Musica Sacra. At the First Church Congregational, Cambridge, MA, May 11, 8 p.m.

The evocative piano accompanying Ken Burns’ series, The Civil War, was provided by pianist Jacqueline Schwab, and she’ll revisit that era as Musica Sacra’s guest soloist. Titled “A New Birth of Freedom”, the program will celebrate the 150th Anniversary of the Emancipation Proclamation and the Gettysburg Address.

Radius Ensemble. At Longy School of Music’s Pickman Hall, May 11, 8 p.m.

Alchemy, indeed, from Mozart’s String Duo in B Flat Major to John Harbison’s Woodwind Quintet to the solo flute of John Howell Morrison’s Lonesome Whistle, all leading to a spectacular meeting of East and West in Christine Southworth’s Jamu, with Radius teaming up with a Balinese gamelan ensemble for a world premiere.

Boston Chamber Music Society. At Sanders Theatre, May 12, 7:30 p.m.

Two magnificent quintets, Shostakovich’s for piano and string quartet, and Schubert’s for two violins, viola, and two cellos, are preceded by Menotti’s Suite for Two Cellos and Piano.

Masterworks Chorale. At Sanders Theatre, May 17, 8 p.m.

Pianists Randall Hodgkinson and Leslie Amper join the chorale for a concert titled “Love Songs Re-Inspired,” featuring Liszt’s Liebeslied (a solo piano reworking of Schumann’s song Widmung), Brahms’ familiar Neue Liebeslieder Walzer and Hungarian Dances, John Corigliano’s 1996 Liebeslied, and the inimitable P.D.Q. Bach’s Liebeslieder Polkas (for piano five hands).

Composer Lili Boulanger

Composer Lili Boulanger

Spectrum Singers. At First Church Congregational, Cambridge, MA, May 18, 8 p.m. (with a pre-concert lecture by Steven Ledbetter)

Une rapport français” features works by Gabriel Fauré (his sublime Requiem plus the rarely-heard Les Djinns, Le Ruisseau, and Madrigal) and by Nadia Boulanger’s tragically short-lived younger sister, Lili (Pie Jesu, La Source, Les Sirènes, and Hymne au Soleil).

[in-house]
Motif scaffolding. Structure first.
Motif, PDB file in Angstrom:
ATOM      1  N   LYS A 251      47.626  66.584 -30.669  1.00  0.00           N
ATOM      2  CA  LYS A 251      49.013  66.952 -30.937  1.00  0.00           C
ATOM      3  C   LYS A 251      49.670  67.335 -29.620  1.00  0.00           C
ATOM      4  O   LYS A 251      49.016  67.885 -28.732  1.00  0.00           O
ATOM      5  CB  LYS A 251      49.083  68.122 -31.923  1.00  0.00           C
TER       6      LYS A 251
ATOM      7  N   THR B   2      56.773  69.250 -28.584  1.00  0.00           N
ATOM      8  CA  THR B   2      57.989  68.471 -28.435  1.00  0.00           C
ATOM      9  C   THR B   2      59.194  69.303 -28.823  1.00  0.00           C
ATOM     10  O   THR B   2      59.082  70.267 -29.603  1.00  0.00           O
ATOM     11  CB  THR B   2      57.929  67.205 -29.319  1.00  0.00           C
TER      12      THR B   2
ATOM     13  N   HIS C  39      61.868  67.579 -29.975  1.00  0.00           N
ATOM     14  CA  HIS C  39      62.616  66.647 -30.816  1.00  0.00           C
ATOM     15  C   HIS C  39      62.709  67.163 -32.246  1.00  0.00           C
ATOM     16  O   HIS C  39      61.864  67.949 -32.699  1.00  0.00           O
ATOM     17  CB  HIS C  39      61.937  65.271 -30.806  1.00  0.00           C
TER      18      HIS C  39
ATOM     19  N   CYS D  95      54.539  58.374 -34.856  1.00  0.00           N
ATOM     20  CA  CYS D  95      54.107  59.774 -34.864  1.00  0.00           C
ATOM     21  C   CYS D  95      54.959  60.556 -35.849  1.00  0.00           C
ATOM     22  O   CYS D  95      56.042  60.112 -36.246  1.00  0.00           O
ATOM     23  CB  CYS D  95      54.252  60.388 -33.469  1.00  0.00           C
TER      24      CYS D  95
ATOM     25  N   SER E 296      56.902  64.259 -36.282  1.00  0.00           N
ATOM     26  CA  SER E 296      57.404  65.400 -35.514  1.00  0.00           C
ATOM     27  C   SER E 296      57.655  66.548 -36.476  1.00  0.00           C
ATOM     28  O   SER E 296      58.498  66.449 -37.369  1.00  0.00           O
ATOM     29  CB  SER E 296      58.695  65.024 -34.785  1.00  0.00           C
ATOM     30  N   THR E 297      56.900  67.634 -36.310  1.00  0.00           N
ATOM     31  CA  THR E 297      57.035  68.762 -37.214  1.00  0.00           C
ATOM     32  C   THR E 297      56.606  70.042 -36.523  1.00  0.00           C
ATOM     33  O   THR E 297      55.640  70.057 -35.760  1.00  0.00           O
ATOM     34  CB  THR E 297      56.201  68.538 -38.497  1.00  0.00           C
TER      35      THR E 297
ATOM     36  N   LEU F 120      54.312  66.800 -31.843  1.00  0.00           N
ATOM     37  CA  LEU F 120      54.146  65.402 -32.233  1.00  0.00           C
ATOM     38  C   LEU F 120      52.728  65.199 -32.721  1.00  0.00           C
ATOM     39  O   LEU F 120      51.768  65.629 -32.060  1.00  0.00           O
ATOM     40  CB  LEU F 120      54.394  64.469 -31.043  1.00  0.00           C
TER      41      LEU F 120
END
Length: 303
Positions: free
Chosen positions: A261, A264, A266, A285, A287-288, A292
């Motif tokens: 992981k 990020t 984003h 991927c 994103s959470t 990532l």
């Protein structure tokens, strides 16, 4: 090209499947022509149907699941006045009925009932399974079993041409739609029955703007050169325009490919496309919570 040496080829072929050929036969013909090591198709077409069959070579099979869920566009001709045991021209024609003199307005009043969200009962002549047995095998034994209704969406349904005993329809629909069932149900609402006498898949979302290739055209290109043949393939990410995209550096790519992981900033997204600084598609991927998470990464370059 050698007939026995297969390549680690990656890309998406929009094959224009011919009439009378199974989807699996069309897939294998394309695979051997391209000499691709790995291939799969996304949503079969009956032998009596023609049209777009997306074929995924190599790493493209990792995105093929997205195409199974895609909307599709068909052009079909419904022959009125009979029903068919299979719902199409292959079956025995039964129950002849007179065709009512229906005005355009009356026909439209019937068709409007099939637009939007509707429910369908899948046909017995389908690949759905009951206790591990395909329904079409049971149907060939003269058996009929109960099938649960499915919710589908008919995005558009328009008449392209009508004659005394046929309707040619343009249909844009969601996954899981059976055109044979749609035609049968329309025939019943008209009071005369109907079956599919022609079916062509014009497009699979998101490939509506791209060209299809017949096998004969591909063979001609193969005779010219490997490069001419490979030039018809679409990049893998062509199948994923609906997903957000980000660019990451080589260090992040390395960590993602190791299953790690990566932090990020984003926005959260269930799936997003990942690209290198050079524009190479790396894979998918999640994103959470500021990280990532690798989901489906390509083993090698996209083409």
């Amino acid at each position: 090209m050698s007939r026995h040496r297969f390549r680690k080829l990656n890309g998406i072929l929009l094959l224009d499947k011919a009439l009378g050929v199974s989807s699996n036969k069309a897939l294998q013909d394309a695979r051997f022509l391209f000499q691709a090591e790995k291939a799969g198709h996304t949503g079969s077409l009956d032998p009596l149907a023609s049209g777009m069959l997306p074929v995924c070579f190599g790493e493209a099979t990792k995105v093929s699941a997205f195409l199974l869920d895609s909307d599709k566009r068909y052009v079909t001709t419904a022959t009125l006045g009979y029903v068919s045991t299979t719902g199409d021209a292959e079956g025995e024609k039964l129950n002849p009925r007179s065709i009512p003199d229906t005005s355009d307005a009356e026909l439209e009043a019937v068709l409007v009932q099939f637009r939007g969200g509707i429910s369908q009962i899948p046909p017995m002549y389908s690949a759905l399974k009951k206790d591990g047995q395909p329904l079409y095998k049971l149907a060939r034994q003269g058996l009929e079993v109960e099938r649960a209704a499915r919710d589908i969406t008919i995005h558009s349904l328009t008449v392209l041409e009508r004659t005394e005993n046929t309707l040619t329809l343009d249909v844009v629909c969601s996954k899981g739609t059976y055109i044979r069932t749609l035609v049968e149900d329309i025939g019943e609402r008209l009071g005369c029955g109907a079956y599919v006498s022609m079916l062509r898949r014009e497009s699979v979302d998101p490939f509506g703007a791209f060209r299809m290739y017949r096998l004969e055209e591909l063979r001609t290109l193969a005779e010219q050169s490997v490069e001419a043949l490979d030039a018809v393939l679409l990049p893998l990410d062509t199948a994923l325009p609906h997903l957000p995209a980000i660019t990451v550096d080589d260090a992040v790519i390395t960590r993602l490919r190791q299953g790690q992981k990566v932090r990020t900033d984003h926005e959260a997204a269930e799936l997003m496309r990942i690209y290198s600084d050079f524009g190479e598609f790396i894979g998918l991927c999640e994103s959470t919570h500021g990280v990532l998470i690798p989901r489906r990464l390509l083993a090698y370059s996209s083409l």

Sergey Schepkin and the Cambridge Symphony Orchestra/Cynthia Woods. At Sanders Theatre, May 18, 8 p.m.

Russian-American pianist Sergey Schepkin tackles Rachmaninov’s Piano Concerto No. 2 in a must-hear concert.

Chameleon Arts Ensemble. At First Church, Boston, MA, May 18 at 8 p.m., May 19 at 4 p.m. (with a pre-concert talk by Joseph Auner at 7:30 p.m. and 3:30 p.m.).

The ensemble wraps up its fifteenth season with “Mystic Moons and Dream Music,” bringing together a four-hand adaptation of Stravinsky’s Le sacre du printemp and Schoenberg’s Pierrot Lunaire, as well as Schoenberg’s intriguing arrangement of Debussy’s Prélude à l’après-midi d’un faune.



  1. Dan Malis, President, Masterworks Chorale on May 3, 2013 at 9:31 am

    And don’t forget Masterworks’ explorations of all sides of love, “Liebeslied”, including Brahms’ Neue Liebeslieder Waltzes; Corigliano’s witty response, “Liebeslied”; and PDQ Bach’s look at the funny side, the “Liebeslieder Polkas for Chorus and Five Hand Piano.” Featuring pianists Leslie Amper and Randall Hodgkinson, husband and wife, who have their own answers: Liszt’s “Liebeslied” and the Brahms “Hungarian Dances”. Friday, May 17th, 8 pm, Sanders Theatre. Tickets at